Sometimes I'll read one of those finding-a-new-career articles and speculate on what I might wind up doing if this whole writing thing falls apart. As it could. Times are harder in publishing than you think. Problem is, the guys who write those articles all have one strategy and one story to tell: "At age fifty, Gregor Samsa woke up from a night of uneasy dreams to find himself unemployed. Worse, nobody was hiring buggy whip designers. Luckily, under questioning, I discovered that his hobby was designing world-class starship models. So I called Industrial Light and Magic and . . ."
Won't work for me. My hobby is writing.
Actually, I have several hobbies and they all consist of writing. One of them is writing art reviews. Here's a sample:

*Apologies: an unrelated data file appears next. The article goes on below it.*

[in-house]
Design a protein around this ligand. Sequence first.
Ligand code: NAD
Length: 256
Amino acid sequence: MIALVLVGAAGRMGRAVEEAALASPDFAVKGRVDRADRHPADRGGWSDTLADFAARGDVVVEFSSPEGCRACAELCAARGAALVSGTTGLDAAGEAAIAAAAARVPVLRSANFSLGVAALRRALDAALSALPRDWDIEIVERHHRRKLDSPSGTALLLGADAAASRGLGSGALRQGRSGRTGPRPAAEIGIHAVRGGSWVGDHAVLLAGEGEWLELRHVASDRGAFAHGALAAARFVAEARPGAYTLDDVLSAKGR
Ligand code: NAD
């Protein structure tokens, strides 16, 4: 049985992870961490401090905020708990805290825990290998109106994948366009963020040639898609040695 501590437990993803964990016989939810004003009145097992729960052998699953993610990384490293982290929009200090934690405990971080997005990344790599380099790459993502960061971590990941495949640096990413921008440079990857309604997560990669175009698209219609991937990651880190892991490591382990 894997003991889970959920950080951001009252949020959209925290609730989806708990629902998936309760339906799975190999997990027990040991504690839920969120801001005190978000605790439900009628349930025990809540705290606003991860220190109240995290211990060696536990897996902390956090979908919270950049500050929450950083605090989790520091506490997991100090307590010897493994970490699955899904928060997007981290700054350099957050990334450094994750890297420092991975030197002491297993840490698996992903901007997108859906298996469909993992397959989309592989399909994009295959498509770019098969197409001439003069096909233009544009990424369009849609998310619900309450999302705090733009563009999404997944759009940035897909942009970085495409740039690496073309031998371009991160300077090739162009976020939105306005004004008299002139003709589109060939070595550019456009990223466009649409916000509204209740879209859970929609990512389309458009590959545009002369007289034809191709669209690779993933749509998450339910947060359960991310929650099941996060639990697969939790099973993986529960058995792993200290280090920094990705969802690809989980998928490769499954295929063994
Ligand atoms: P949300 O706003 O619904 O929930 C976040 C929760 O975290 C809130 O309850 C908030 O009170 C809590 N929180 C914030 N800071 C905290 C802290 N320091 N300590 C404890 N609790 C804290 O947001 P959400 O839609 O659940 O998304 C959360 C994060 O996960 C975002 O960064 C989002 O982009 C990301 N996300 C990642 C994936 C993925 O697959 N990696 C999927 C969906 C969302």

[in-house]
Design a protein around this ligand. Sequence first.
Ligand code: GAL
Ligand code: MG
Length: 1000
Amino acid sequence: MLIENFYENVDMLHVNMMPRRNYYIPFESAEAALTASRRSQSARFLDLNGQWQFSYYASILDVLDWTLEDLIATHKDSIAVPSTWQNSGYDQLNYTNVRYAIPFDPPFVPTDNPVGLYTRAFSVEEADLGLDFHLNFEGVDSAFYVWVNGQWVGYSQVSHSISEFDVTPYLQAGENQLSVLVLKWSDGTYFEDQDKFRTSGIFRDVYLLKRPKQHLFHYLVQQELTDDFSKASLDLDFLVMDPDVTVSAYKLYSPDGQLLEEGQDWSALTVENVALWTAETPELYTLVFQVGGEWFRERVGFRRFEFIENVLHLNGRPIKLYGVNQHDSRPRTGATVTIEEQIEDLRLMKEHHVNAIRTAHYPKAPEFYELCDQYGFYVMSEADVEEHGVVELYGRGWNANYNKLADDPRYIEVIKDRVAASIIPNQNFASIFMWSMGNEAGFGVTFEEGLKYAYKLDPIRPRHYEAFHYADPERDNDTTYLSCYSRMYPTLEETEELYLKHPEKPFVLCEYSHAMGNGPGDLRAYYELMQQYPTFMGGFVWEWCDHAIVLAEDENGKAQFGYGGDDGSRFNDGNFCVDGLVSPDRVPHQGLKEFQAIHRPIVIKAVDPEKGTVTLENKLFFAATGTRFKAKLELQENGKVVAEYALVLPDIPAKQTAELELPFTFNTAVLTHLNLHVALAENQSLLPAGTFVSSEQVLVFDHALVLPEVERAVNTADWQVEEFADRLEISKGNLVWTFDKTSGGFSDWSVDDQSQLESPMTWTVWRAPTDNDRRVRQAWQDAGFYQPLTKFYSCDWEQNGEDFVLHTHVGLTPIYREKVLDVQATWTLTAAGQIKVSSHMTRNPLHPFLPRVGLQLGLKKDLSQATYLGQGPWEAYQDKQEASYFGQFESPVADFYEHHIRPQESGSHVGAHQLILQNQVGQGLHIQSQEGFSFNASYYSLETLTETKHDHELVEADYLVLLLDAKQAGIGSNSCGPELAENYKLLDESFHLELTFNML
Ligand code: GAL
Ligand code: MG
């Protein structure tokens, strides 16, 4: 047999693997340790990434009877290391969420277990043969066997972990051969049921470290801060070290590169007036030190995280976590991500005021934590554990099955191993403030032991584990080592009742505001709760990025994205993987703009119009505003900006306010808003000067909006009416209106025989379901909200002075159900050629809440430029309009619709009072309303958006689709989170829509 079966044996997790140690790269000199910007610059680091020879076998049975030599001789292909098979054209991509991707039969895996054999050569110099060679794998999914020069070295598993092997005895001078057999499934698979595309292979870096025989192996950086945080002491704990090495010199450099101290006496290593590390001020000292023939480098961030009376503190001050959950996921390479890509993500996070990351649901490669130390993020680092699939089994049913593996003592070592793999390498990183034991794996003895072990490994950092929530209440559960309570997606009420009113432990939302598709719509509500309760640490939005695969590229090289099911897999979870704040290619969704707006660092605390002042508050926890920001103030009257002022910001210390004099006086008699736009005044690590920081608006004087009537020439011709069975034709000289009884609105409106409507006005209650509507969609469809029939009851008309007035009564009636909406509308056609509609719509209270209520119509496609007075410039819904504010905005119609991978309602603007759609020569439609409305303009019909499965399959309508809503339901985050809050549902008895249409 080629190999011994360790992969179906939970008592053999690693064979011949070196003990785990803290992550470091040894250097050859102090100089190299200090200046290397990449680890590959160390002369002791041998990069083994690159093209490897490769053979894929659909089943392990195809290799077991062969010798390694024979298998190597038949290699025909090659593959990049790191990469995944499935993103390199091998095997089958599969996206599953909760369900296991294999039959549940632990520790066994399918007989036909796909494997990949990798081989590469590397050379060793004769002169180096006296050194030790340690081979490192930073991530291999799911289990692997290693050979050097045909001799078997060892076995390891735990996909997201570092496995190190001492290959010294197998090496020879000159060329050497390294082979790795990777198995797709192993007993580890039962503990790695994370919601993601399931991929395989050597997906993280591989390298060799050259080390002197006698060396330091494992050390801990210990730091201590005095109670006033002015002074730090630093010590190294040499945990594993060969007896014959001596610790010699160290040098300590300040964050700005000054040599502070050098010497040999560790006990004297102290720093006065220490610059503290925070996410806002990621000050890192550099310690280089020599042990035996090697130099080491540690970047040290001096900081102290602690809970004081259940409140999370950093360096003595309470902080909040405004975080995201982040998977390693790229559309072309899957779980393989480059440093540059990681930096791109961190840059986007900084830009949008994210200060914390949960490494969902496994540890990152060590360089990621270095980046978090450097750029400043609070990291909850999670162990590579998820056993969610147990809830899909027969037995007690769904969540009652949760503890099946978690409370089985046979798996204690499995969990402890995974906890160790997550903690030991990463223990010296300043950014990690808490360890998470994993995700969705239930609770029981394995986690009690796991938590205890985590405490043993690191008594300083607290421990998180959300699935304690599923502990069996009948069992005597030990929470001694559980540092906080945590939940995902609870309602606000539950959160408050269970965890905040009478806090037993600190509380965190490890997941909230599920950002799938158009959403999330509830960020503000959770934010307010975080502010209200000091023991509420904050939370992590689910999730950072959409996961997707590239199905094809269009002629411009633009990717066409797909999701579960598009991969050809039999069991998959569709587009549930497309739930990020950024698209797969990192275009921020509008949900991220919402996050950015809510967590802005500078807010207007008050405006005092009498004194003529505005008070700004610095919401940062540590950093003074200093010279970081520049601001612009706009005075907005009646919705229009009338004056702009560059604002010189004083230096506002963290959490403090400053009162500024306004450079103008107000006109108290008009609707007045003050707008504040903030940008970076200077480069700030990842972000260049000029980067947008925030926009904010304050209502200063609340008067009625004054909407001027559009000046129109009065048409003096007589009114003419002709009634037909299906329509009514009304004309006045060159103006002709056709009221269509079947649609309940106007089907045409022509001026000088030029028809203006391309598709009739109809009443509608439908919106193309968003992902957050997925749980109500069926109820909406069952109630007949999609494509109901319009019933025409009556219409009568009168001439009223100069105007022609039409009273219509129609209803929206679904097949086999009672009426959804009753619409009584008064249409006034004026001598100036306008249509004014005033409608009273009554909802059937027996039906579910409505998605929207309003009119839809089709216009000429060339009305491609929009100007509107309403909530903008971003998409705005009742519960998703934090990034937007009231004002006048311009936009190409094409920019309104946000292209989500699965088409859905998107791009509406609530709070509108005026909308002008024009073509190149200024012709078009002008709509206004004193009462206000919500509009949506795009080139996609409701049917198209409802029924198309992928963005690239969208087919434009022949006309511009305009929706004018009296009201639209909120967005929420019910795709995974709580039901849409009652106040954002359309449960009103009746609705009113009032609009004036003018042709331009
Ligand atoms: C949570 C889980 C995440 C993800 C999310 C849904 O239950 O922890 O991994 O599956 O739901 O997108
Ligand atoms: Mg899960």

TH.2058 by Dominique Gonzalez-Foerster
The Tate Modern. Bankside, London
October 14, 2008 through April 13, 2009
reviewed by Michael Swanwick
The TH in TH.2058 stands for Turbine Hall and 2058 is the year in which the work is set. Which is to say that this major installation at the Tate Modern is science fiction. It is not, as the explanatory material is careful to explain, “just” science fiction, but the artist clearly understands what we are up to. She is not simply slumming in genre.
But, first, a few words about the venue.
To understand this installation, it is necessary to begin with the building in which it is situated. The Bankside Power Station, built in 1947, was conceived by its architect, Sir Giles Gilbert Scott, as a kind of industrial cathedral. This tremendous structure was rehabbed into the Tate Modern, a collection of international modern art which in 2000 was split off from the Tate Gallery. The former boiler house now holds three levels of galleries. The former turbine hall became a dramatic entrance area as well as a deliberately challenging display space for very large sculptural projects. Its enormous size (it is 35 meters high and 152 meters long) encourages ambition.